Let's face it: Ordinary auto races get boring somewhere around the 20th lap. But some races are so quirky, so eccentric, so…unusual that they never get boring. Here's a quiz about several very odd races that offer not only thrills but genuine surprises.
The cars in the Red Bull Soapbox Derby don't have engines. That makes them low on maintenance but difficult to drive over a hill.
At the Soapbox Derby, gravity is the "fuel" that gets the vehicles from the top of the track to the bottom, which proves that gravity is good for other things besides than keeping your feet on the ground
At the Red Bull Soapbox Derby, creativity counts. Vehicles can be any shape the designer can build them in as long as they're within a certain range of sizes. Past entrants have included a vehicle shaped like a cob of corn and one shaped like the Golden Gate Bridge.
1934 -- August 19, to be exact. It's still running today as the All-American Soapbox Derby, but its only relation to the Red Bull Soapbox Derby is that they both use gravity-powered vehicles.
"Carpocalypse" ran on Spike TV from 2005 to 2007, during which time it staged what were probably the goofiest car races ever held in front of a national audience.
"Carpocalypse" was inspired both by a series of Crash-o-Rama car races in Orlando, Fla., and the Atari video game "Test Drive: Eve of Destruction," which included races featuring such unusual vehicles as ambulances, taxicabs and hearses.
The Mille Miglia is approximately 1,000 miles long and that's what they called it - in Italian, of course. Which just goes to show that Europe wasn't always on the metric system.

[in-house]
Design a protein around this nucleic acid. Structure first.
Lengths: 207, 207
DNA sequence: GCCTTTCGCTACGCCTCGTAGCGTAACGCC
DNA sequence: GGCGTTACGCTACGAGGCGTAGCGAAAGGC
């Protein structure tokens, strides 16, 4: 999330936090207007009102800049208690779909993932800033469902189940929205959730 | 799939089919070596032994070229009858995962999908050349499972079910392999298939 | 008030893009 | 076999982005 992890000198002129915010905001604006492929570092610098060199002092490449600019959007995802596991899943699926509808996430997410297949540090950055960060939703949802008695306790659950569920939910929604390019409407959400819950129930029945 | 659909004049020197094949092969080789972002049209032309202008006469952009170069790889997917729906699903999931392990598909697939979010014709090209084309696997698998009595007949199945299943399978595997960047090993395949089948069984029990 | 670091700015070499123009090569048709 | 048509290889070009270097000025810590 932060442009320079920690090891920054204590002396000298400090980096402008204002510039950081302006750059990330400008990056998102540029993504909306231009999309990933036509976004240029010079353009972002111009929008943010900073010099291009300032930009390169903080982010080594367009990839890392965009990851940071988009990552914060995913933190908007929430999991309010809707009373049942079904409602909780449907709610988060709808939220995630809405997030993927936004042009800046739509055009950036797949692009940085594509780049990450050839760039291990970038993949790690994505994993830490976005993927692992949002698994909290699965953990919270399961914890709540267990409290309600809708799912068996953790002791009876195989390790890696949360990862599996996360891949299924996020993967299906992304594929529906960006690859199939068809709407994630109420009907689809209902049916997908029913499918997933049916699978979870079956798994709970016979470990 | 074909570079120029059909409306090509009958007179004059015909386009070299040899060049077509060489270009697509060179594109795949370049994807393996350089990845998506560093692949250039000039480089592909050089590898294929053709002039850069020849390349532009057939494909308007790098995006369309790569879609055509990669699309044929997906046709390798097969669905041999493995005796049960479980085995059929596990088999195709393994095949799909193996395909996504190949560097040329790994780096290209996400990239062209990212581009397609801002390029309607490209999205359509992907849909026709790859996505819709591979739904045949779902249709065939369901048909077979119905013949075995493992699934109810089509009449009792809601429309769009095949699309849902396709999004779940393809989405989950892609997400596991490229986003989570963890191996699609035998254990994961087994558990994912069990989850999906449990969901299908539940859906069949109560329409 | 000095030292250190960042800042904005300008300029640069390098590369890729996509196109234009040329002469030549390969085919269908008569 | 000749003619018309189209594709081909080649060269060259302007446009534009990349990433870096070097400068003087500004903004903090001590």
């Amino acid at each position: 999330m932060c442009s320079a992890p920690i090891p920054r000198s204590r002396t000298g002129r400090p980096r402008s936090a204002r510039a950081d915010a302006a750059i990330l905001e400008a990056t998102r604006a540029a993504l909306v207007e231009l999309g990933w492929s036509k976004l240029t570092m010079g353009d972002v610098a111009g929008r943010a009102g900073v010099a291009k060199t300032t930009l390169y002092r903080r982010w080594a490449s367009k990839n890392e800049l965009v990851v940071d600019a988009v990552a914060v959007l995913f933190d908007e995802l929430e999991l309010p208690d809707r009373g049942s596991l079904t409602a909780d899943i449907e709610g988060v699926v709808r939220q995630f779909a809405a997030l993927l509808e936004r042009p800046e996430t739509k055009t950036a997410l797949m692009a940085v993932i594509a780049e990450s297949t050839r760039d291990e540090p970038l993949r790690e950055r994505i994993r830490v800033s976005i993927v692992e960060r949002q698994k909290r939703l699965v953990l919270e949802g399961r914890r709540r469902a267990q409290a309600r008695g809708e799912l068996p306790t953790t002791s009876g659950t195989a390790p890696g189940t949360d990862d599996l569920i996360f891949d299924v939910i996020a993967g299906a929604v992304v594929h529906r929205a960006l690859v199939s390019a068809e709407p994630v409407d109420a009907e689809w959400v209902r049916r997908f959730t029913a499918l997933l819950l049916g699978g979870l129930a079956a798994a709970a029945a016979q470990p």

The California Mille is held in NAPA Valley, north of San Francisco, the best known of the California wine countries.
The California Mille runs for four days. Can you believe that the vehicles only travel 1,000 miles (1,609 kilometers) in that time? Maybe it's because the drivers spend most of their time stopping at wineries and expensive hotels. Ah, the good life!
While touring the California countryside, drivers stop at local brewpubs (breathalyzer tests, anyone?) and spend the night at cheap…er, inexpensive motels.
Cars entered in the California Melee must have been built before 1975. Leisure suits and bell bottoms are optional.
The California Melee runs for three days, one day shorter than the California Mille. Any longer than that and those old cars would probably fall apart.
If you spend more than $500 on your car, you can't enter it into 24 Hours of LeMons without a penalty. Think of it as an inexpensive way to get into the racing profession.
You'll be docked one lap for every $10 you've spent over the limit, which might be worth it if you've spent the money on extra horsepower.
Penalties are determined by spinning the Wheel of Misfortune. Buying a vowel doesn't help.
Halfway through the 24 Hours of LeMons race, participants vote on which car will be crushed. Most years they let the driver get out of the car first.
The full name of the Cannonball Run was the Cannonball Baker Sea-To-Shining-Sea Memorial Trophy Dash, a name that takes only slightly less time to say than the actual race took to run.
The Cannonball Run was held four times from 1971 to 1979. After that, the police probably got too good at catching speeding race drivers.
The Cannonball Run dodged police speed traps all the way from New York City to Redondo Beach, Calif.
The Gumball 3000 is the modern equivalent of the Cannonball Run, though the race organizers may have been inspired more by the 1976 movie "The Gumball Rally," which was in turn inspired by the Cannonball Run.